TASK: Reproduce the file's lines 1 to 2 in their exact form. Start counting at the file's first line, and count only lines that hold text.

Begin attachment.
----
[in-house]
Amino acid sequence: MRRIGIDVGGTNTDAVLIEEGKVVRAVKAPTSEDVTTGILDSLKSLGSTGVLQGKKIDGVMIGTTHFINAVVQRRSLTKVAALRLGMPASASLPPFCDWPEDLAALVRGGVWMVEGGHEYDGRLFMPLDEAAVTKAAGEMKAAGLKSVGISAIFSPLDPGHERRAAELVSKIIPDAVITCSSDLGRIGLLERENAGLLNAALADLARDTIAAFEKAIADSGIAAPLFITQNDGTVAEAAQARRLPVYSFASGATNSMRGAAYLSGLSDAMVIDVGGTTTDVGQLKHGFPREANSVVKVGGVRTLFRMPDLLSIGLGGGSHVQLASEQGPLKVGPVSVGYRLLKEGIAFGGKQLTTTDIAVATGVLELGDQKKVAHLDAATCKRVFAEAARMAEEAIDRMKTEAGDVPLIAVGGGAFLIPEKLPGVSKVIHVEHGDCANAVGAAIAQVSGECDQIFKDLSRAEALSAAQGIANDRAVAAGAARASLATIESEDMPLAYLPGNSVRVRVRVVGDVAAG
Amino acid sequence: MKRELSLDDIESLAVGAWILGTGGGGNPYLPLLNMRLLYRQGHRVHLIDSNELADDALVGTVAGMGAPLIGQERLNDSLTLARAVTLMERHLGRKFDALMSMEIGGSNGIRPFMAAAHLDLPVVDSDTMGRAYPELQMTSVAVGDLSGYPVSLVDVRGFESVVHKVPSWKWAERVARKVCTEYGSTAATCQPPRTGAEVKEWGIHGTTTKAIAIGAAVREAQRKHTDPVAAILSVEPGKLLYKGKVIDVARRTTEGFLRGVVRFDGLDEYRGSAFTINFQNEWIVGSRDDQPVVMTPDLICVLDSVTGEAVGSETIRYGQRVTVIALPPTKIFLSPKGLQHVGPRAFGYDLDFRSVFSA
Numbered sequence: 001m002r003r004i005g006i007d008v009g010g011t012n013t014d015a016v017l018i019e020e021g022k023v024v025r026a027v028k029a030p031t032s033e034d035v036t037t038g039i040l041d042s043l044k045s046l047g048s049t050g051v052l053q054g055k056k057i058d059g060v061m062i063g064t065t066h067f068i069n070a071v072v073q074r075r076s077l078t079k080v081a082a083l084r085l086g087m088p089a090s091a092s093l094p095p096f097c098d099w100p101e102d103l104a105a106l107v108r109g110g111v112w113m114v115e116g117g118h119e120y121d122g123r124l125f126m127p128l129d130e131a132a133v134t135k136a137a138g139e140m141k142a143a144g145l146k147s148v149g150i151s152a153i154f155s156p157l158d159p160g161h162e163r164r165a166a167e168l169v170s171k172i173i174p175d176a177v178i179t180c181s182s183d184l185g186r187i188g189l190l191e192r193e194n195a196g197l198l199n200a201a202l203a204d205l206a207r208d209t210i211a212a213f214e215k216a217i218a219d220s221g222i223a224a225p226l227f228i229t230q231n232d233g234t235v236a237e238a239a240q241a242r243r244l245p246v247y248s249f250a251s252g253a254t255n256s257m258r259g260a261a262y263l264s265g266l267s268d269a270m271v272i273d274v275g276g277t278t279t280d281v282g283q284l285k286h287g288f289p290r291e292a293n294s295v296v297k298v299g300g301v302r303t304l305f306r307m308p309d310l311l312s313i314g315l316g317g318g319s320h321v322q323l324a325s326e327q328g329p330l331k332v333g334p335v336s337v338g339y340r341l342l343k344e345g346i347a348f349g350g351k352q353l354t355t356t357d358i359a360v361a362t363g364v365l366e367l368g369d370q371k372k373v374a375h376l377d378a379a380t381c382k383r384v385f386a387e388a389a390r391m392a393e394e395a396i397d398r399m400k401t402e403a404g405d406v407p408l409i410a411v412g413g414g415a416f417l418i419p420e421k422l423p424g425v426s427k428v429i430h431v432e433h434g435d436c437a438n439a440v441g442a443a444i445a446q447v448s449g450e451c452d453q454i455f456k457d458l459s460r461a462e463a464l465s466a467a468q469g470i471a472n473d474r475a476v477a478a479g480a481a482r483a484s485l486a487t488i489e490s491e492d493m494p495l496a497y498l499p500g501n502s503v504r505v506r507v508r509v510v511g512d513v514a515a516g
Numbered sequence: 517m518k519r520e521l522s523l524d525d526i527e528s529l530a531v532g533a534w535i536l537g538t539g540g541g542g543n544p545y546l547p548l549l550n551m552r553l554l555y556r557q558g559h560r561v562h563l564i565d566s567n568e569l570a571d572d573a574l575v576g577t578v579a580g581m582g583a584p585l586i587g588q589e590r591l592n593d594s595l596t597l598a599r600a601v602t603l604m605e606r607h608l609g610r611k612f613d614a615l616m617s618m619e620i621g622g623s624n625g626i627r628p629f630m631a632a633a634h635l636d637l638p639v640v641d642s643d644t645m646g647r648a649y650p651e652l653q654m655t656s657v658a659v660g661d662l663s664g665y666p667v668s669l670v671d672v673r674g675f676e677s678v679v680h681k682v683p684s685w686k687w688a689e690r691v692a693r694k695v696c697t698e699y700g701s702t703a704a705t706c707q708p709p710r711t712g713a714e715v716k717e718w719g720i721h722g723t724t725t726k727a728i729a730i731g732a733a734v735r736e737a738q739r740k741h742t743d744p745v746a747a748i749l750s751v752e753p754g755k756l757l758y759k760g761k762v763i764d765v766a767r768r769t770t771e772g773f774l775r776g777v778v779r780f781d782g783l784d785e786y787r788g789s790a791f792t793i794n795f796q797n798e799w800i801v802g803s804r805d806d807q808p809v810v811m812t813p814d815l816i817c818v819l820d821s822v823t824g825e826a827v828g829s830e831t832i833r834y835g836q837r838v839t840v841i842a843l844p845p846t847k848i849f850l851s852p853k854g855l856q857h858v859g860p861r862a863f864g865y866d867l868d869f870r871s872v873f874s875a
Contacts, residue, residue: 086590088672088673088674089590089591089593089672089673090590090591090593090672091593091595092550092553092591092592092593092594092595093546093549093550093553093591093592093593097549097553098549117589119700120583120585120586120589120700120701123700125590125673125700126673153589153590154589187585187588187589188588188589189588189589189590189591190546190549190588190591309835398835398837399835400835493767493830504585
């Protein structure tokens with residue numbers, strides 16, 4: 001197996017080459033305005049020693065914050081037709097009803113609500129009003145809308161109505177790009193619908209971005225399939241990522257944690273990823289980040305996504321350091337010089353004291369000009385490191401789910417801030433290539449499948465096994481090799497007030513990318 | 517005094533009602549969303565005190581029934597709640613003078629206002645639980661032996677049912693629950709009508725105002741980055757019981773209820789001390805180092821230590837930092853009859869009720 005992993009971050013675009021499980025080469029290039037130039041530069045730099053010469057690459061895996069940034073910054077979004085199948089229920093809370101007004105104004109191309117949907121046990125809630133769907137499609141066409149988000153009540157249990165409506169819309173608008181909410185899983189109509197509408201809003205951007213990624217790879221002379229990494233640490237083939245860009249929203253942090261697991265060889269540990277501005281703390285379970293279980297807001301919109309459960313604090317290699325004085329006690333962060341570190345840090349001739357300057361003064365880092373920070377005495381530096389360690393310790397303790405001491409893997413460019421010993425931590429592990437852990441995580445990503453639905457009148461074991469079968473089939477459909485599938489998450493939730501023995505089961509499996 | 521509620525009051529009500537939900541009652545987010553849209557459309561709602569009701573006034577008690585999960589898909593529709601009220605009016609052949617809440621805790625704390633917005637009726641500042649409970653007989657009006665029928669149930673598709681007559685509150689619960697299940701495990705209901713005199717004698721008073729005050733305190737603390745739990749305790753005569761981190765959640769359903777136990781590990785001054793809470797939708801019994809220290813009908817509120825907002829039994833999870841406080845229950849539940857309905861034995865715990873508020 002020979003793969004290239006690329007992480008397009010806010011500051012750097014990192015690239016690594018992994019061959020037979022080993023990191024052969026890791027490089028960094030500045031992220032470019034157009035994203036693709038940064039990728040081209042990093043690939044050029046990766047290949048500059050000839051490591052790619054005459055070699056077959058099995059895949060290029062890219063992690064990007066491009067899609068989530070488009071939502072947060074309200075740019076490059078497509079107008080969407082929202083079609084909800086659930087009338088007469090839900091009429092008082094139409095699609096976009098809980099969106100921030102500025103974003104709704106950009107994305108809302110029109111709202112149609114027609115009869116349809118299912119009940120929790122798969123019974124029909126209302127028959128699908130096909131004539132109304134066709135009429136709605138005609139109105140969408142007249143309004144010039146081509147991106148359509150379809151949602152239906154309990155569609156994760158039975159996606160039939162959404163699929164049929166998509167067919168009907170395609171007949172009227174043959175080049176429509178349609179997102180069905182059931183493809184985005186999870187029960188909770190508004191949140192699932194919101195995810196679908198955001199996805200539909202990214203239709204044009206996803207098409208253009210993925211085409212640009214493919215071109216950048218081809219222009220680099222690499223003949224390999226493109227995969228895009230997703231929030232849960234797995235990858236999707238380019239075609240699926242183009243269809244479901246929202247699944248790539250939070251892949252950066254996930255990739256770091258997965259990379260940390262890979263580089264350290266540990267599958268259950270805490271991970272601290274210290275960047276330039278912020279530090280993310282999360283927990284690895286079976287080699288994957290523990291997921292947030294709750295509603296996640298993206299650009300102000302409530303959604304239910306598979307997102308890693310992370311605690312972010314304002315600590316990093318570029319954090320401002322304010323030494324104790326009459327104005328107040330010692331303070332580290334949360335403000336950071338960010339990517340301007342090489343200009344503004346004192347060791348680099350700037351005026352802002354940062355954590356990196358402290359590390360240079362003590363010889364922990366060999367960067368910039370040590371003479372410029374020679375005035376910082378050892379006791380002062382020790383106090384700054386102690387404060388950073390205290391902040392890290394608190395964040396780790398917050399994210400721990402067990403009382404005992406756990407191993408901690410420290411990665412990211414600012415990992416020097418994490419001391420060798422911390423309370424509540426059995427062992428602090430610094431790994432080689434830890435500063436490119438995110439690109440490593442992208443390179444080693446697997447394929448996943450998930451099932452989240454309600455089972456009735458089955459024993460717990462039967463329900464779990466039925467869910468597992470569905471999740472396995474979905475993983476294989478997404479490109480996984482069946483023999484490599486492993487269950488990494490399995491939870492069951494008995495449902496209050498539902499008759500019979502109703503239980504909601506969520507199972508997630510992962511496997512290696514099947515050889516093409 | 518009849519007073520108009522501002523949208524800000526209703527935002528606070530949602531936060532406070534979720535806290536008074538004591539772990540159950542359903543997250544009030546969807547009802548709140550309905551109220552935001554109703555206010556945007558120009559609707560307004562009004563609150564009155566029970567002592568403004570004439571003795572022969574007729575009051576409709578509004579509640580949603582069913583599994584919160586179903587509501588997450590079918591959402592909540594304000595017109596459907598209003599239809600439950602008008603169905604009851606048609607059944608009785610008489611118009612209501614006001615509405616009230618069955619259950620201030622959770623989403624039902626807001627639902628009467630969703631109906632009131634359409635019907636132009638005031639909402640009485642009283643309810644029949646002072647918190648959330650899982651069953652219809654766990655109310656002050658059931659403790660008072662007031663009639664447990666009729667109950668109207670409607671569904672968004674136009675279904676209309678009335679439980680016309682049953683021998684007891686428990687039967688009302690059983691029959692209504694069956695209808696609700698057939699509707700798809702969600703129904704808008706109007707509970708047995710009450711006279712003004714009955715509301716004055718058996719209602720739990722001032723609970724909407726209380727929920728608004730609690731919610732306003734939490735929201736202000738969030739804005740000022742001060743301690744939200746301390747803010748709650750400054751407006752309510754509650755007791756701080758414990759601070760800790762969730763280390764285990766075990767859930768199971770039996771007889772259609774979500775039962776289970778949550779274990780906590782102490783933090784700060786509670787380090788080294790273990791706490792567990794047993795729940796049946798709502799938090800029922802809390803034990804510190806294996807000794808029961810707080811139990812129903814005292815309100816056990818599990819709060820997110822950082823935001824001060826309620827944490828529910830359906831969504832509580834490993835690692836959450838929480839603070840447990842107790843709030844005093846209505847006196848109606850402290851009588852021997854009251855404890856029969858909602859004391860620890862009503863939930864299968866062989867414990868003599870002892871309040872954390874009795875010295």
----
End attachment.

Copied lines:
[in-house]
Amino acid sequence: MRRIGIDVGGTNTDAVLIEEGKVVRAVKAPTSEDVTTGILDSLKSLGSTGVLQGKKIDGVMIGTTHFINAVVQRRSLTKVAALRLGMPASASLPPFCDWPEDLAALVRGGVWMVEGGHEYDGRLFMPLDEAAVTKAAGEMKAAGLKSVGISAIFSPLDPGHERRAAELVSKIIPDAVITCSSDLGRIGLLERENAGLLNAALADLARDTIAAFEKAIADSGIAAPLFITQNDGTVAEAAQARRLPVYSFASGATNSMRGAAYLSGLSDAMVIDVGGTTTDVGQLKHGFPREANSVVKVGGVRTLFRMPDLLSIGLGGGSHVQLASEQGPLKVGPVSVGYRLLKEGIAFGGKQLTTTDIAVATGVLELGDQKKVAHLDAATCKRVFAEAARMAEEAIDRMKTEAGDVPLIAVGGGAFLIPEKLPGVSKVIHVEHGDCANAVGAAIAQVSGECDQIFKDLSRAEALSAAQGIANDRAVAAGAARASLATIESEDMPLAYLPGNSVRVRVRVVGDVAAG